The president’s budget asked for a decrease in funding for civil rights enforcement. In just the first two years of the Trump administration, the Office for Civil Rights saw a 12.5 percent drop in full-time employees. The Education Department also instituted a new protocol for reviewing cases that resulted in the dismissal of hundreds of potentially serious complaints and made the policy decision to avoid looking at systemic issues and biases surrounding complaints.
In its latest move, the Education Department has proposed to reduce and fundamentally change the Civil Rights Data Collection. Most concerning is its proposal to stop collecting preschooler enrollment data by race, which would significantly hinder our ability to assess access to opportunity for our nation’s youngest learners. It is much easier to hide facts than to deal with them.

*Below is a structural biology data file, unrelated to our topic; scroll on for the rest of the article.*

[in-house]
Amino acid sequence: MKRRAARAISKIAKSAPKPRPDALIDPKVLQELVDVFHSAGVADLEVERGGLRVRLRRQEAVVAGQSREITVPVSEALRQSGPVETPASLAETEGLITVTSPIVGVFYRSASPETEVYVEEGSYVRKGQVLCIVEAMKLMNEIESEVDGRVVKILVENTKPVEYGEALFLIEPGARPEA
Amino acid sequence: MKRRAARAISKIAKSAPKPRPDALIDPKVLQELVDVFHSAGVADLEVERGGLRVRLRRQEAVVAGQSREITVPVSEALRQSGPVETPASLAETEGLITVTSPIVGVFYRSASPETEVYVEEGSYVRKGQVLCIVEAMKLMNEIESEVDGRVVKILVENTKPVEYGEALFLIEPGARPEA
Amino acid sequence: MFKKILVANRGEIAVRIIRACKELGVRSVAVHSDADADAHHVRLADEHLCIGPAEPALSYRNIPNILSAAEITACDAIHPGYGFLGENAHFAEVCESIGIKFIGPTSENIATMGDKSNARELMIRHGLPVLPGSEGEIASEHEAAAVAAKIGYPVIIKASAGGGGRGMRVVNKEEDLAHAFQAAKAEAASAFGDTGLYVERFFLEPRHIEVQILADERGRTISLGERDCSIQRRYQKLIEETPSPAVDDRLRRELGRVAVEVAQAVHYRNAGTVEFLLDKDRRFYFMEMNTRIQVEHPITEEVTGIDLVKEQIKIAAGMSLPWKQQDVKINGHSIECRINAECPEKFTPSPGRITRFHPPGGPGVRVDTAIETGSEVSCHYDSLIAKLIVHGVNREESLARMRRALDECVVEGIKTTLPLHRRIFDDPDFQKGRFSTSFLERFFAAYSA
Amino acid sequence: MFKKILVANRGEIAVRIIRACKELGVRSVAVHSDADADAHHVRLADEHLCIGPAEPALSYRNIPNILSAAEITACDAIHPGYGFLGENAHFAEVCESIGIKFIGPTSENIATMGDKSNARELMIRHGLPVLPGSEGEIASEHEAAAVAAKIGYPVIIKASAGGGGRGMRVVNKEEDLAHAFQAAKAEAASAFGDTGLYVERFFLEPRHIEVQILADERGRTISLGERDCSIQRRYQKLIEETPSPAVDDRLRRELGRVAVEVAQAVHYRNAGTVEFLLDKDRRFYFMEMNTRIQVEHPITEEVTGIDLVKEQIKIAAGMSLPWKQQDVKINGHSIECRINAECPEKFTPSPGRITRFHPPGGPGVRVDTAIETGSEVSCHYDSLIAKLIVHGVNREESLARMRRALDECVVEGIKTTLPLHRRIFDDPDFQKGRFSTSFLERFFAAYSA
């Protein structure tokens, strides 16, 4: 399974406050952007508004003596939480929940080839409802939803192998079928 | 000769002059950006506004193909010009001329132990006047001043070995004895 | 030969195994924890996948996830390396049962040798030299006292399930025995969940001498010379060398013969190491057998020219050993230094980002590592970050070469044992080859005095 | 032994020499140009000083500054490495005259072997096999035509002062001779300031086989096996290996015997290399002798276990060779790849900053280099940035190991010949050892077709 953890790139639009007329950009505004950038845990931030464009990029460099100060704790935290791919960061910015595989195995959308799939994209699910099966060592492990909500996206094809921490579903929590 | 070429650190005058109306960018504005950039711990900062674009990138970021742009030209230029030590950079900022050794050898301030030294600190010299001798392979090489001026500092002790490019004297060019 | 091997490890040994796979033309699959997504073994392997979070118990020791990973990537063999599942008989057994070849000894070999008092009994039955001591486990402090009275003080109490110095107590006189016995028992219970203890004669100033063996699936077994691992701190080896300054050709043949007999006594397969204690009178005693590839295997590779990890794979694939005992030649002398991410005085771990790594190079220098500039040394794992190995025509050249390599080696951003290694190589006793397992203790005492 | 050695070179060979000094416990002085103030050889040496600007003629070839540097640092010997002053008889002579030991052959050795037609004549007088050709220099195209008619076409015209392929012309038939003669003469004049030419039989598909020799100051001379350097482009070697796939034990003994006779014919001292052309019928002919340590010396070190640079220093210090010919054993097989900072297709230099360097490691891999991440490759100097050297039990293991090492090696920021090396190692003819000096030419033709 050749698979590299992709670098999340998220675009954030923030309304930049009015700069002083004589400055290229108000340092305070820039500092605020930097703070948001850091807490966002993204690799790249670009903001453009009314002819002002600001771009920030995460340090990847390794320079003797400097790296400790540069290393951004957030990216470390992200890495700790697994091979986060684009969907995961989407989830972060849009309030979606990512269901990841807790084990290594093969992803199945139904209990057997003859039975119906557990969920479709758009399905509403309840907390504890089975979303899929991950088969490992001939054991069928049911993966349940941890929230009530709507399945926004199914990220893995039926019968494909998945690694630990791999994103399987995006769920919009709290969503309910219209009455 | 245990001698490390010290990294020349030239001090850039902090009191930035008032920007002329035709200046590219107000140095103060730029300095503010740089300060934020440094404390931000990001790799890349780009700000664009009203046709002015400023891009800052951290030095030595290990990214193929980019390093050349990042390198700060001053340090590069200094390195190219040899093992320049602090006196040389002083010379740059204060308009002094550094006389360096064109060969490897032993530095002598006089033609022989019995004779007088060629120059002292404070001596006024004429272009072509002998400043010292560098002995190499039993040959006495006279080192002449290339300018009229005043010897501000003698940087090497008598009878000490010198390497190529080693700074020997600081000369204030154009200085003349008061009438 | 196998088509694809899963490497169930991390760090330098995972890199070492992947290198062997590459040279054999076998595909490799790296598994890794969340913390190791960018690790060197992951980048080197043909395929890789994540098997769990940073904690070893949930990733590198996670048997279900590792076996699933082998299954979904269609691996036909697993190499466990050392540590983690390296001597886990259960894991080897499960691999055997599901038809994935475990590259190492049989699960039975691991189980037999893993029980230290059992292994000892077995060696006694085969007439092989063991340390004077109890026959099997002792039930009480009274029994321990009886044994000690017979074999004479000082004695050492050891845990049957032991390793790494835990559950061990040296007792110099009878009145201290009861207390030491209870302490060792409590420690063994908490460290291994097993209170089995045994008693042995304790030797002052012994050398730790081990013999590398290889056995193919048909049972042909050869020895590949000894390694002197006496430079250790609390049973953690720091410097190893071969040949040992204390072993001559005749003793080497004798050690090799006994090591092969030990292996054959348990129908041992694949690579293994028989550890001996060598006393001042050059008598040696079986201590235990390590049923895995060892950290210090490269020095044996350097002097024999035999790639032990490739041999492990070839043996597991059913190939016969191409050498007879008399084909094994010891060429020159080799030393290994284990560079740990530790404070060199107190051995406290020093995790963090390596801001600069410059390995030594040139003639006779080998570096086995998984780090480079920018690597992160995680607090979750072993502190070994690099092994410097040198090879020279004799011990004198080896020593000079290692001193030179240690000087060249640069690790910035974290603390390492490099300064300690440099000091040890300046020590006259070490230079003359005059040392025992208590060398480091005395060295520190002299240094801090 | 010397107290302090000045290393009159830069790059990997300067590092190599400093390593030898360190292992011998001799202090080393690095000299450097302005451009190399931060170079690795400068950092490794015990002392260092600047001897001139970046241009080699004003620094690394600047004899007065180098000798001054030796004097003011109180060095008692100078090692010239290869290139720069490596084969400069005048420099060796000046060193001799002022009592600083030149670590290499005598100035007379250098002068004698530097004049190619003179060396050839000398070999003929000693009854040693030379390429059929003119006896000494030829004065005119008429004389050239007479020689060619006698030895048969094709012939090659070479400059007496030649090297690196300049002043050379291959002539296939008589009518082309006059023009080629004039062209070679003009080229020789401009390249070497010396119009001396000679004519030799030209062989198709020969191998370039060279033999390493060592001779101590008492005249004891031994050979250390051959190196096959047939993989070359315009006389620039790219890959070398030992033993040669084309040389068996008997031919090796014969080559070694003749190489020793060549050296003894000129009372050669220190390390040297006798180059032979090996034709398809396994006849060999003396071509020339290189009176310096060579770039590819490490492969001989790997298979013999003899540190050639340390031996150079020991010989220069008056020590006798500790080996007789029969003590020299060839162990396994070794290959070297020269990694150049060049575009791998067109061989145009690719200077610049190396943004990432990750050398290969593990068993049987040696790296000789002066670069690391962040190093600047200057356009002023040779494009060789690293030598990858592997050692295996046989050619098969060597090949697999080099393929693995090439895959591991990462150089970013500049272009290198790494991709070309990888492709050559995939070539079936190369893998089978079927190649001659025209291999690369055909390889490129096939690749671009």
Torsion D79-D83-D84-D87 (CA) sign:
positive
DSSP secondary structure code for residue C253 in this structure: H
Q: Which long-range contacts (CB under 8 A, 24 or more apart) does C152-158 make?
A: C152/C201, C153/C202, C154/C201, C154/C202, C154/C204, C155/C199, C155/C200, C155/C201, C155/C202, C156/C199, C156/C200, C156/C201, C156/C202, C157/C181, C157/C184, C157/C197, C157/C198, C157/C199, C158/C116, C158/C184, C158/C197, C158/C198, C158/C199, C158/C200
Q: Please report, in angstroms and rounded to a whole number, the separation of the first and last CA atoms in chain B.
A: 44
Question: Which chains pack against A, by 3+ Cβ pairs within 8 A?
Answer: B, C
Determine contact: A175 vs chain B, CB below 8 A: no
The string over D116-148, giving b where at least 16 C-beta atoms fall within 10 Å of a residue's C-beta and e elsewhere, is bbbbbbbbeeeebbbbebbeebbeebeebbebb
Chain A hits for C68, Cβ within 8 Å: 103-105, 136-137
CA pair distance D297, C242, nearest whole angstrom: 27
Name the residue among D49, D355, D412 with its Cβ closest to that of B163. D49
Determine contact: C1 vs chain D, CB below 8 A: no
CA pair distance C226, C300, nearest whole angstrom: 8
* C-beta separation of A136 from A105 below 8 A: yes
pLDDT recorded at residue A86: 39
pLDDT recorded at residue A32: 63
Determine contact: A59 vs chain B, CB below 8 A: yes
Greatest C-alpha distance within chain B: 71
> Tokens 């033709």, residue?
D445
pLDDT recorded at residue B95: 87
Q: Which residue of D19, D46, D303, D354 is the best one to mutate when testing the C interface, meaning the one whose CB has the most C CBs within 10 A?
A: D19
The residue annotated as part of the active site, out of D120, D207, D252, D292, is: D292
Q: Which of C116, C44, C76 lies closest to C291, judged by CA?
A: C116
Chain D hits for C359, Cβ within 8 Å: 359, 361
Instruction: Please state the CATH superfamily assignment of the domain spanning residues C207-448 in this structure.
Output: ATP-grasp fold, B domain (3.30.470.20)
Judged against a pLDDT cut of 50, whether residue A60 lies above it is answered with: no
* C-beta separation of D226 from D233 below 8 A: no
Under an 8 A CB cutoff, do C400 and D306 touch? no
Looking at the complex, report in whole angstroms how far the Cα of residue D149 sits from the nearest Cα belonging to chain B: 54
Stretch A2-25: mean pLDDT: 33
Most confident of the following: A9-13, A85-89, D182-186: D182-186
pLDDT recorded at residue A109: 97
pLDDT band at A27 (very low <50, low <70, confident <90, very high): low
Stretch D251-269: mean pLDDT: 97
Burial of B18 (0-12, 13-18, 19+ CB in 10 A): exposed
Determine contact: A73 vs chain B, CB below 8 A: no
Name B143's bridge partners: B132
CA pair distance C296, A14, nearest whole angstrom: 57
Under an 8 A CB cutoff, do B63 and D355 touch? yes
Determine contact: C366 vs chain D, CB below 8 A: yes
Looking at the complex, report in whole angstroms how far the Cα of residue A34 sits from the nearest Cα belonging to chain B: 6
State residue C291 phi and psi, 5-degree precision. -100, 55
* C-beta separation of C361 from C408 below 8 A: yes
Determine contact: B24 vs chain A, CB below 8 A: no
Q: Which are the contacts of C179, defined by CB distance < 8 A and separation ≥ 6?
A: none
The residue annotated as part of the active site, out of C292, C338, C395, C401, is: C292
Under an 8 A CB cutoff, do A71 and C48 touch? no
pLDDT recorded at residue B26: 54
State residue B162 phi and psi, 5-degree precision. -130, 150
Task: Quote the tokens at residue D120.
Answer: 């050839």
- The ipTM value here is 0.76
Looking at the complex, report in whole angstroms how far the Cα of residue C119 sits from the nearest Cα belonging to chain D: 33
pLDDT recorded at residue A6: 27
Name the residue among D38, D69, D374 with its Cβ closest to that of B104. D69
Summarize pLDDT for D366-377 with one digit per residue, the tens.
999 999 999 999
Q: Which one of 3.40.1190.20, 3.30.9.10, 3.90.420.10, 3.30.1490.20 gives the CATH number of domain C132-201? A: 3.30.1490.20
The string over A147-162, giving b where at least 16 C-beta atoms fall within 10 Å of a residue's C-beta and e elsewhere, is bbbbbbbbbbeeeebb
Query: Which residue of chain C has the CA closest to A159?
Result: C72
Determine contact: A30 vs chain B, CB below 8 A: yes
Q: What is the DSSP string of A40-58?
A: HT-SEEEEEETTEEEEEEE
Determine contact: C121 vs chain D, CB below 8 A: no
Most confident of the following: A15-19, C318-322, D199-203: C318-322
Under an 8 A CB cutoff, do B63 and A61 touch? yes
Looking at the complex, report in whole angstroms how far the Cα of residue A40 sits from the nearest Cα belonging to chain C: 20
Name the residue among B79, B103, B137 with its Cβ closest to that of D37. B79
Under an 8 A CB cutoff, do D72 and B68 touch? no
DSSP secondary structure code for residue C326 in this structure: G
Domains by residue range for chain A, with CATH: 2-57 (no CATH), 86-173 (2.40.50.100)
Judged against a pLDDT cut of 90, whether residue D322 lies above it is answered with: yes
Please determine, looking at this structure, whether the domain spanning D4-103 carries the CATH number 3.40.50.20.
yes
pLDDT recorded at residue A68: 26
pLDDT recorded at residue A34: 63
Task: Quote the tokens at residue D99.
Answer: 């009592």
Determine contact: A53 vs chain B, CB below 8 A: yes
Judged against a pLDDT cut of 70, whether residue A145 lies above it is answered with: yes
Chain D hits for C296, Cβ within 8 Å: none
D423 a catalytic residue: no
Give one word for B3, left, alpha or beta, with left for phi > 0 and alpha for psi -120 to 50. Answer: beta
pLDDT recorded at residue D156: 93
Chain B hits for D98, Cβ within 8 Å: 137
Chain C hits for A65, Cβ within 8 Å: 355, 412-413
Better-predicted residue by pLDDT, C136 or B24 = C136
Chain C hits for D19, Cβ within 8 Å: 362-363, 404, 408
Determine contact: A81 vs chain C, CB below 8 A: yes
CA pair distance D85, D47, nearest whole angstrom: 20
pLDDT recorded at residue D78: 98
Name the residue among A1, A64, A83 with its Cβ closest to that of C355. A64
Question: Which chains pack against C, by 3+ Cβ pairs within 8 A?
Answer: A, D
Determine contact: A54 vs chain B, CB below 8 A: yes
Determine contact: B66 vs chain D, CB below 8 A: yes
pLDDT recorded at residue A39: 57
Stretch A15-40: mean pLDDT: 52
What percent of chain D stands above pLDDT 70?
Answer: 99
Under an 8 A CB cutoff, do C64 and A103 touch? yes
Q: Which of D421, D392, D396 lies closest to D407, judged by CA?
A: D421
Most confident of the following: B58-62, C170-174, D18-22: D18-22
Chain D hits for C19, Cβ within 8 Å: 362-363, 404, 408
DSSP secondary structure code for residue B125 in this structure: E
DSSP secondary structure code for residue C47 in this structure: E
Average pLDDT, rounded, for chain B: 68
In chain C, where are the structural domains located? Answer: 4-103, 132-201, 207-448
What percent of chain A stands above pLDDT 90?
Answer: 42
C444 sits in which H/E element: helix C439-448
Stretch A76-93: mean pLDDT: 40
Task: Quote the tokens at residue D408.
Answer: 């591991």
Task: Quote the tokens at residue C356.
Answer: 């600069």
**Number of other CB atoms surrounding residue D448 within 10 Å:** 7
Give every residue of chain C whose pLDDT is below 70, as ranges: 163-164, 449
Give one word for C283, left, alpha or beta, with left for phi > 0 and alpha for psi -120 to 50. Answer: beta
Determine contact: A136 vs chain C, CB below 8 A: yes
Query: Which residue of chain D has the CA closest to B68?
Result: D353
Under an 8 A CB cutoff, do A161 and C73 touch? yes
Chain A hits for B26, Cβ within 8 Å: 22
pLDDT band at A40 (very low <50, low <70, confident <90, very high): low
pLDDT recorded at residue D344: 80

This continues the not-so-covert strategy of Trump and DeVos to ignore racial disparities and perpetuate policies that have a disproportionately negative effect on students of color. These backward policies don’t make schools safer. They do, however, enable — and even encourage — the types of incidents that we saw in Florida last month.
Despite the incessant attacks on students’ civil rights from the highest levels, how can we prevent more 6-year-olds from being criminalized?